Colorful Commentary

Forecast Five: September 2017 Revenue Estimates

Posted September 20, 2017 by Chris Stiffler
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1. The devil is in the details

The budget that legislators will begin writing this January (FY2018-19) is projected to be $666 million (or 6 percent) larger than this year’s budget (FY2017-19).  Not all the increased revenue is from economic growth, as $116 million comes from accounting adjustments in this year’s budget, resulting in more money in carryover from FY 16-17.  About $350 million of the increase will be needed to keep pace with growth in students and growth in mandated Medicaid expenses.

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2. SB17-267 created some flexibility for the General Fund

SB17-267, which exempted the Hospital Provider Fee revenue from the TABOR revenue cap, reduced the FY 2018-19 TABOR rebate obligation by $180 million making that money available for General Fund investments. With the passage of SB17-267, there are no TABOR rebates projected though FY2019-20.

3. Colorado’s tax code is amplifying the urban-rural divide

Many rural areas in Colorado aren’t benefiting from the same rapid growth happening in the Front Range. Rural districts have a harder time funding local governments and schools because their property value isn’t growing like it is in the metro area. The Gallagher amendment, a constitutional component of our tax code, aggravated the problem by requiring an automatic drop in the state residential assessment rate (the portion of housing property that is subject to property tax) from 7.96% to the 7.2%.  The rapid growth in property value around Denver is constraining local governments whose area hasn’t seen the same growth.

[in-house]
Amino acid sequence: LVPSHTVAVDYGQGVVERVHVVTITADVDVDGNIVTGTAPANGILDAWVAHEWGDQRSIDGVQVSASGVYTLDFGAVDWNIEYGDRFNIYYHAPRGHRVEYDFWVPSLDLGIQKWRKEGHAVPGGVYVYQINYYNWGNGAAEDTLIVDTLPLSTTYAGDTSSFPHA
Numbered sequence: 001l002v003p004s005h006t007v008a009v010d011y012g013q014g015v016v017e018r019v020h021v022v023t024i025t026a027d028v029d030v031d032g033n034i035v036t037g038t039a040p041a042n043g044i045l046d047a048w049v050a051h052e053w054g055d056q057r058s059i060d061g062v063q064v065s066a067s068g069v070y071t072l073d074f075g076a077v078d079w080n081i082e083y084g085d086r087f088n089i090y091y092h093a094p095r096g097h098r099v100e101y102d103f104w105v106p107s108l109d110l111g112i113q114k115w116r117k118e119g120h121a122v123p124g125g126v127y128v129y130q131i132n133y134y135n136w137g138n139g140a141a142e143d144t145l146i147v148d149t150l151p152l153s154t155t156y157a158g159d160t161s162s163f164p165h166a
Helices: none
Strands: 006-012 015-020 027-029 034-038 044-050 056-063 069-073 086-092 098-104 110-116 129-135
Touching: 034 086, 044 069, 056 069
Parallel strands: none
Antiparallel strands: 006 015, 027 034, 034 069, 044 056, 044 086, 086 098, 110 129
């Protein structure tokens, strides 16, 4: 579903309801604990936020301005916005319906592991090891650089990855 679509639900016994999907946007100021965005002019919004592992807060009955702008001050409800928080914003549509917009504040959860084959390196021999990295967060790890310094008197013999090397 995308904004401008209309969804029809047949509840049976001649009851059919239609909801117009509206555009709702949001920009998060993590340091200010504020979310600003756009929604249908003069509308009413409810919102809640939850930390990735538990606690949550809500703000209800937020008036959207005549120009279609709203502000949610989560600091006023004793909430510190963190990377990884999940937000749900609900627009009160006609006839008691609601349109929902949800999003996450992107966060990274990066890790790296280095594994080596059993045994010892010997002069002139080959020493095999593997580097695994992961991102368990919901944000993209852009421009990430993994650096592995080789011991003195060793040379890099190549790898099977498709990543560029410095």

4. Colorado’s economy is booming, but wage growth hasn’t kept up

Unemployment in Colorado is 2.4 percent—2 percent lower than the national average and a clear sign of our state’s strong labor market. Colorado workers are in high demand, but salaries and wages aren’t growing as expected. Employers have not yet started to increase wages, despite huge gains in profit. Corporate profits in the U.S. are at historic highs while employee compensation as a portion of the economy is at a historic low. Jobs are more readily available than ever in the Front Range, but a high cost of living and stagnant wages mean making ends meet is still a challenge for many Coloradans.

 

5. The aging population continues to have a larger and larger impact on the state budget

200w_dAs more Baby Boomers continue to age and leave the workforce, Colorado’s budgetary and employment landscapes change. The Medicaid caseload increases, which means more spending just to maintain current levels of service. Costs associated with an aging population mean more state revenue is spoken for, and that $666 million shrinks. The cost of Colorado’s homestead property tax exemption alone, a property tax break to seniors, is growing at 8.5% from FY 17-18 to FY 18-19, creating a General Fund obligation of $145 million for next year. Aging demographics may also explain some of the sluggish wage growth in Colorado. Older, higher-paid employees are leaving the workforce and being replaced by an influx of younger, lower-wage workers. This trend can contribute to lower average wages and constrain growth.

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